In an annual report released Wednesday, the EPA found that emissions of the six gases had increased 17 percent from 1990 to 2007, largely because of a boost in carbon dioxide emissions associated with fuel and electricity consumption. Carbon dioxide represents 85.4 percent of the emissions.
Climate change affects human health and welfare in many ways, causing both more frequent droughts and heavier storms, more intense heat waves and wildfires, rises in sea level, and harm to agriculture and natural resources.
The EPA's analysis also found that climate change has "serious national-security implications" because of the potential for political and social upheaval related to food shortages, environmental refugees, and clashes over fuel, water, and other resources.
Many expect the agency to address emissions from cars and trucks first, since the EPA already is considering California's request to allow the state to require new standards for autos that would reduce emissions.
As the process moves forward, the agency will have to consider what the best available technologies are and whether they are economically feasible. This is likely where the debate between environmentalists and industry will escalate.
Meanwhile, the Senate is working on legislation addressing greenhouse gases, and many predicted that yesterday's EPA announcement would speed up the effort.
Sen. Arlen Specter (R., Pa.), who last year introduced a climate-change bill he said was supported by labor and industry, said it would be best if Congress settled the issue with a new law rather than leaving the issue to an administrative EPA rule.
"It deserves the analysis you get with congressional hearings and floor debates," Specter said.
Environmentalists said the finding would give states the leverage to move forward with their own plans.
"The worst strategy right now is to pretend that doing nothing is the cheapest course of action," said John Hanger, secretary of the Pennsylvania Department of Environmental Protection. "What's needed today is what was needed yesterday. Pennsylvania needs to move forward with energy conservation, with biodiesel, with technologies that capture carbon, with the solar program."
New Jersey DEP spokeswoman Elaine Makatura said officials were "very pleased" with the EPA decision, given that the state has been "feverishly working on its greenhouse gas emissions-reduction plan" and other initiatives.
The finding also could give the nation needed credibility and leverage at international climate meetings, supporters say.
"This is going to position us for a very aggressive role" at the next major international climate meeting, scheduled to take place in December in Copenhagen, Denmark, said Robert McKinstry, a partner at Ballard Spahr Andrews & Ingersoll L.L.P. who is an expert in climate-change litigation. "Basically, international progress has been stymied by the United States' lack of participation."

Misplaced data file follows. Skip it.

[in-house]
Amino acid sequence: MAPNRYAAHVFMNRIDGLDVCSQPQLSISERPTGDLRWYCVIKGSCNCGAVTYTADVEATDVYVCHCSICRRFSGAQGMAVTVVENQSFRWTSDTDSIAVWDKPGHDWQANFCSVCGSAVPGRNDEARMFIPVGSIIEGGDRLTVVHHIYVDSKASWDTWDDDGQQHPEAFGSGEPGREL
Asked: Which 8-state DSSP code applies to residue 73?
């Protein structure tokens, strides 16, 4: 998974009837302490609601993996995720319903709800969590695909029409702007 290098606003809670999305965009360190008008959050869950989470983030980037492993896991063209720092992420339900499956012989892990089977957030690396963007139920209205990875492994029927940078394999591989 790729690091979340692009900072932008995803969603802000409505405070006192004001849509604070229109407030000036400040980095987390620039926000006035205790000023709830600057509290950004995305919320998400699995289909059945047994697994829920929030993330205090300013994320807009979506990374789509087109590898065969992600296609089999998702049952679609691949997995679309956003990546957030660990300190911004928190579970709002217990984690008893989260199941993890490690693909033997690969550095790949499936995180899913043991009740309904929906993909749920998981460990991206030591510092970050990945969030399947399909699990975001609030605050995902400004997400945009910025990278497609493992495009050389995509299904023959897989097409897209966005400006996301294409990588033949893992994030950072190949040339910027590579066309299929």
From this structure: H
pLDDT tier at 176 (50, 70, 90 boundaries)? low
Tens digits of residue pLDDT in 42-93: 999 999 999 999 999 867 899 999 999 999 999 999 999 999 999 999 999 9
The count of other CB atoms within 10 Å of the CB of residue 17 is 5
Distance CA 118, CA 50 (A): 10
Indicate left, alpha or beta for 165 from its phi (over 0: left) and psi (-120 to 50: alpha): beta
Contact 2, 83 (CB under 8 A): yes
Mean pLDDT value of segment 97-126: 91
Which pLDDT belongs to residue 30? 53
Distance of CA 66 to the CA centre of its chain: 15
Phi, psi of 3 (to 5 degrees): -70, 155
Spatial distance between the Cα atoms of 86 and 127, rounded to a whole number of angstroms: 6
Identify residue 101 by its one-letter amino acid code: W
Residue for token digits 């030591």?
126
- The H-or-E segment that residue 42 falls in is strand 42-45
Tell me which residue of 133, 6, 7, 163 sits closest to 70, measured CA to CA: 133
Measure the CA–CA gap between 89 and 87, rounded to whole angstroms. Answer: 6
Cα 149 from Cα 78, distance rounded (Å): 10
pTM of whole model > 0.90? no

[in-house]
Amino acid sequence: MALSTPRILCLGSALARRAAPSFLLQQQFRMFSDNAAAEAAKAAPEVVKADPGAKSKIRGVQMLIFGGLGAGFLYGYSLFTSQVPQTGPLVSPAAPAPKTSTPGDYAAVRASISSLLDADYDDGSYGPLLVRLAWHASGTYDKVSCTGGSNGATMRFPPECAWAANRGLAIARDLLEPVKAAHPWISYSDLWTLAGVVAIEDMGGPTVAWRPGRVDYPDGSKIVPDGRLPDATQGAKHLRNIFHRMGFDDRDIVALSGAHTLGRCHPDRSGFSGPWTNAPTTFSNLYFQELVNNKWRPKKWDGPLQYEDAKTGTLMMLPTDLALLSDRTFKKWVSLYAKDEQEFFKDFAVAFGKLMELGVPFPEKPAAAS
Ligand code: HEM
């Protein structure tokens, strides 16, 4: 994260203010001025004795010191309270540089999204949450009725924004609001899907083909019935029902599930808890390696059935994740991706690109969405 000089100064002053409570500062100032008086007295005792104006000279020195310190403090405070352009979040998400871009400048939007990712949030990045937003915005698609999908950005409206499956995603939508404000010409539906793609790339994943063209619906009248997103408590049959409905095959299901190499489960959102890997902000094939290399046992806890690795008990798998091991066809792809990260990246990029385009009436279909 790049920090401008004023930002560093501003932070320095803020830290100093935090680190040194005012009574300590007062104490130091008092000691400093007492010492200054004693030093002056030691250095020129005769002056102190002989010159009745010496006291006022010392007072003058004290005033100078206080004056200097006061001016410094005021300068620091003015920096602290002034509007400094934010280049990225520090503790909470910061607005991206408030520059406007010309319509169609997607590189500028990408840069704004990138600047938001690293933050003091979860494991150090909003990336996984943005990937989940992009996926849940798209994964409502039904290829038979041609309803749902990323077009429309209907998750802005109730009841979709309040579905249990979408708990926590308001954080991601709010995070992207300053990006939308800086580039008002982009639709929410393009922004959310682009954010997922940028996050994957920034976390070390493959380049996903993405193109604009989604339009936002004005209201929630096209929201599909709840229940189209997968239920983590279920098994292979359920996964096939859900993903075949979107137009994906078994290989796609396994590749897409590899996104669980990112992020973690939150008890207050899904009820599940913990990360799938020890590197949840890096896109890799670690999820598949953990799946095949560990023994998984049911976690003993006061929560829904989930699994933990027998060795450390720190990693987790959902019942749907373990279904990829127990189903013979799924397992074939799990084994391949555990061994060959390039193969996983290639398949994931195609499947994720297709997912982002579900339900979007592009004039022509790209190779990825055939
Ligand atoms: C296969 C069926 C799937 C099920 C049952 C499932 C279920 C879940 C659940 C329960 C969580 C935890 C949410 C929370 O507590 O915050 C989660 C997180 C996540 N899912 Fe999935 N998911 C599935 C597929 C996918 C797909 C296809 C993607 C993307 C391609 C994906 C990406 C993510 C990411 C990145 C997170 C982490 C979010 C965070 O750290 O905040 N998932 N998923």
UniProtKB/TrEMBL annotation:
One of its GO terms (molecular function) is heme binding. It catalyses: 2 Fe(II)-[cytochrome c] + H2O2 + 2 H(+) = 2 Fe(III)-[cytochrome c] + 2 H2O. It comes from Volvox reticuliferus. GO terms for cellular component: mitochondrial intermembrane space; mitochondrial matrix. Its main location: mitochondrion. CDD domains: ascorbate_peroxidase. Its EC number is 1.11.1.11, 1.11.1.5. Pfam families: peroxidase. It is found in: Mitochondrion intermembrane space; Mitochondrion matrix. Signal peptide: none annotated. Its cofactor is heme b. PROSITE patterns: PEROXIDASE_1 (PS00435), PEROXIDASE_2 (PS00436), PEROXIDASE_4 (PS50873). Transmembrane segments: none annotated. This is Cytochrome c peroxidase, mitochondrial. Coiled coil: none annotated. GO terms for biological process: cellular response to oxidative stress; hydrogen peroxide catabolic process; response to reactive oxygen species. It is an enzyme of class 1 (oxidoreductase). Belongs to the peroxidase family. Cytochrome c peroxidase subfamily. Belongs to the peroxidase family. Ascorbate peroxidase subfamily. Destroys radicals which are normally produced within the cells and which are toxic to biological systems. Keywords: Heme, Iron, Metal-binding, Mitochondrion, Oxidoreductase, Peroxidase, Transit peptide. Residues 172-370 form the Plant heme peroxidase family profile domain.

Yesterday's finding is a response to a Supreme Court ruling handed down after Massachusetts -- later joined by New Jersey and other states -- sued the EPA to force it to regulate carbon dioxide and other pollutants.
The court ruled in 2007 that the EPA had the authority to determine whether greenhouse gases were a danger to human health. Such an "endangerment finding" would trigger an EPA obligation to regulate greenhouse gases.
By December 2007, career and political officials had prepared a draft that declared climate change a threat to public welfare. Bush's EPA administrator, Stephen L. Johnson, approved the document and it was e-mailed to the White House.
But in a move that would cement Bush's legacy on what every former EPA administrator has said is the most critical environmental issue, White House officials refused to open the e-mail attachment. They knew what was inside and that once the attachment was opened, it would become public record.
The White House asked Johnson to reconsider. Seven months later, he issued a watered-down climate-change document that called for more study. Johnson told The Inquirer last year that he did so as part of an effort to "provide some rationality to the debate based on the best available science that keeps in mind the economic consequences as well as energy security."
Former EPA political appointee Jason Burnett, who wrote the original finding and later resigned over its rejection, applauded the agency for directly addressing the health consequences of global warming.
He said it was a good idea to include all six gases, which would lead to more flexibility in meeting the overall goal of reducing emissions.
But best of all, he said, unlike his own experience under the previous administration, this time the endangerment finding "was actually proposed."